The strands produced by these micron-sized bacteria are nanometers wide, which means that when put together, a sheet of cellulose produced under optimal conditions can be as strong as steel. It can also be used to make paper, of course, since it's analogous to wood pulp.
There are other mighty bugs in Brown's lab, too.
One Man's Trash...
EPA calculations put cellulosic ethanol GHG emissions at 60% less than gasoline, but that includes land use just like corn ethanol. Being a Texan, Malcolm Brown has grown cultures in water from all over the state; he's found that some of the best water for growing bugs that produce sugar and cellulose is found in oil wells where brackish water is a waste product of crude extraction.
Even enhanced oil recovery (EOR) techniques now in use to get more oil out of dying fields can lead to bountiful bacterial produce, because the carbon dioxide from that process can be used to stimulate increased sugar production during photosynthesis.
Prof. Brown also showed me in his lab how cyanobacteria, commonly known as blue-green algae, can be shocked into producing more sugar than normal by changing the salinity of the water they're in. It's basic osmosis—the kind of stuff you learn in high school biology class—but seeing it applied to create next-generation biofuels is pretty amazing.
Now, as with every single renewable energy type we talk about in Green Chip Review, it's a matter of scale. These cyanobacteria have been tested in ponds and can be scaled up to testing in square-mile size tracts of foot-deep water. They can be placed next to power plants to take carbon dioxide into the fuel production process, or large tracts of scrubby west Texas land can be laid across with oil well water to grow the bugs.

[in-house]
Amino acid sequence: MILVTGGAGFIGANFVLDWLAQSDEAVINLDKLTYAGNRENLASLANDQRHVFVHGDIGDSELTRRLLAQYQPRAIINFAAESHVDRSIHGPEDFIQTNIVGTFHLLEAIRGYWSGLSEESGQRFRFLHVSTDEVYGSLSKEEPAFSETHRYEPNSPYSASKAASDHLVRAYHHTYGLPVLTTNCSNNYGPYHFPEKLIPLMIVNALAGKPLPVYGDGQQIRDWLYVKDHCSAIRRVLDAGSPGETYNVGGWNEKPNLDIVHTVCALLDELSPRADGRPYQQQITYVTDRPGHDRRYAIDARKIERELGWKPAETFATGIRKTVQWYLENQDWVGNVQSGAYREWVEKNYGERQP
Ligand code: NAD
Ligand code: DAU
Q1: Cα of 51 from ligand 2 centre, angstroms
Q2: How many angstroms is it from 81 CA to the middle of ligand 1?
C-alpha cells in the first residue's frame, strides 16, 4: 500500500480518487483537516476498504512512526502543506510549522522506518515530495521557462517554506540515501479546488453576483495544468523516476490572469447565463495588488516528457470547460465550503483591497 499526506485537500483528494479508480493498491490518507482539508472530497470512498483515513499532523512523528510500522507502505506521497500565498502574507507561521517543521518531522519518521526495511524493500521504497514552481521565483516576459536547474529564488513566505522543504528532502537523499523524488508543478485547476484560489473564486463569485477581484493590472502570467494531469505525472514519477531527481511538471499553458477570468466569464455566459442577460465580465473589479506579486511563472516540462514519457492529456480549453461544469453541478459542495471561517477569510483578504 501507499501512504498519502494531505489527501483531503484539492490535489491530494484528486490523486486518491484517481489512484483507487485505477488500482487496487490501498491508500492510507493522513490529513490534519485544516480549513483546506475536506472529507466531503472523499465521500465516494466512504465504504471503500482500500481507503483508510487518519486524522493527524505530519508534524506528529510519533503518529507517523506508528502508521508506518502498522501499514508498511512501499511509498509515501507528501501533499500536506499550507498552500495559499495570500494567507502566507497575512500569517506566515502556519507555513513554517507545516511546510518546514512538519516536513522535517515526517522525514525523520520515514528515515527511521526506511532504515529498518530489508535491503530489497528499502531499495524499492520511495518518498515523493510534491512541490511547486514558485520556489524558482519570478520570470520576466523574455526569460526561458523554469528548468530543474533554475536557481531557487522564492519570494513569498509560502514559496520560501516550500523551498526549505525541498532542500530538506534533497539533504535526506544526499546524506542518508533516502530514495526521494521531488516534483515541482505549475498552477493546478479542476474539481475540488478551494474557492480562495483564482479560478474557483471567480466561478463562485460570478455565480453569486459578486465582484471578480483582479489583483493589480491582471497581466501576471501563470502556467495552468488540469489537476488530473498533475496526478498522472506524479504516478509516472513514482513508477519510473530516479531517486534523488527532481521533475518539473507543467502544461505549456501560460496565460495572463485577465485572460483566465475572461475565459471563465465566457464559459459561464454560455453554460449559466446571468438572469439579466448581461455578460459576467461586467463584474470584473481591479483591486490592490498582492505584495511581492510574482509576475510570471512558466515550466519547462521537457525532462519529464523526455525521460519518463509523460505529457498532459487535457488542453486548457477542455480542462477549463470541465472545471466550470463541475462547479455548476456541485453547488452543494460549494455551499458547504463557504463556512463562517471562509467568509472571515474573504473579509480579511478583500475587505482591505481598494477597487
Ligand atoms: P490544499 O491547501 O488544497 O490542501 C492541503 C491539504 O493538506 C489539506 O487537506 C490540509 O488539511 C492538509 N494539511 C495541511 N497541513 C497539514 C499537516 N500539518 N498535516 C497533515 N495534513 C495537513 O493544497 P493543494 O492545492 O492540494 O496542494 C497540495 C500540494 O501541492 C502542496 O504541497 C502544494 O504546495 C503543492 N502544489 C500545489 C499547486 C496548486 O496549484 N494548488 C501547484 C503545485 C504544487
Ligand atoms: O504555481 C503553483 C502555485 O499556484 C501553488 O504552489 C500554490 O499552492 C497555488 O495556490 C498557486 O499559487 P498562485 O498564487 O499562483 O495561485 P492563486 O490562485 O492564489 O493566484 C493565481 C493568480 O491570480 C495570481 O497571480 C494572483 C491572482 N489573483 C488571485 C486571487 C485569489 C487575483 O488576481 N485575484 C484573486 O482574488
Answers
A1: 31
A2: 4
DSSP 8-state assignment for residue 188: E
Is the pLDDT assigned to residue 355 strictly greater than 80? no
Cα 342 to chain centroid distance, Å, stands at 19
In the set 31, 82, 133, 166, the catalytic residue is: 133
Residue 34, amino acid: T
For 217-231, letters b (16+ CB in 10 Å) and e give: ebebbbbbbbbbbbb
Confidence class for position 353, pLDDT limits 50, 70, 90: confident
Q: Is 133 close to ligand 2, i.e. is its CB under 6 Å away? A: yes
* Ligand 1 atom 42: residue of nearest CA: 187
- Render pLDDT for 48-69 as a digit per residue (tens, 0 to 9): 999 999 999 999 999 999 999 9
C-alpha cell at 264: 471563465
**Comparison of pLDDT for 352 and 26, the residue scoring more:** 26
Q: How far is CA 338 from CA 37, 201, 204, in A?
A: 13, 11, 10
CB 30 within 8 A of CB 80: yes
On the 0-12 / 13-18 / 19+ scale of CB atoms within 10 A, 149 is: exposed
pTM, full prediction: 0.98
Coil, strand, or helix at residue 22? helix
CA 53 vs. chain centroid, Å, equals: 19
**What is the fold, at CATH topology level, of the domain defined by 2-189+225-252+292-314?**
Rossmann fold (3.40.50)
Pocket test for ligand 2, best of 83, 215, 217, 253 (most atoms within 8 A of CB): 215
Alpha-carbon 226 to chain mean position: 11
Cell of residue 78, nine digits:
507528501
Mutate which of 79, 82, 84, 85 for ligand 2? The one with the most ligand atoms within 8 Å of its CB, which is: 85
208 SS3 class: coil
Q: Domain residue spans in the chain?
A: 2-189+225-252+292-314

The Brazilian Connection
Jose Goldemberg, the Brazilian scientist who set off that country's biofuel revolution in the 1970s, has met with Malcolm Brown and marveled at the production he's been able to get out of such simple organisms.
In test tanks and ponds, the UT-Austin team has logged 14 tons of sugar per acre-foot per year. In laboratory conditions, that harvest rises to 94 tons of the sweet stuff, which is equivalent to 13,000 gallons of ethanol per acre-foot per year. That sucrose can then be added directly to yeast to create ethanol, instead of breaking down cellulose starch to get glucose.
The best part is that while these scummy powerhouses work, the sugar they put out can be taken without blasting the cells apart — this may be the ultimate renewable fuel.
You can learn more about Dr. Brown's work and goals here at his laboratory's website. He'd be happy to hear from you, and I can tell you that his enthusiasm for creating a high-efficiency, world-leading biofuel in the United States is contagious.
Just as Jose Goldemberg's vision in 1978 was turned into a national initiative to make Brazil a world energy power and investment target, researchers across the U.S. are working to make American biofuels maximally efficient and, ultimately, very profitable for investors who follow the idea flow from lab to market.
As Nick Hodge reported last summer, Exxon Mobil has already made a $600 million bet on algae biofuel. Surely that's not the end of the money movement into this sector.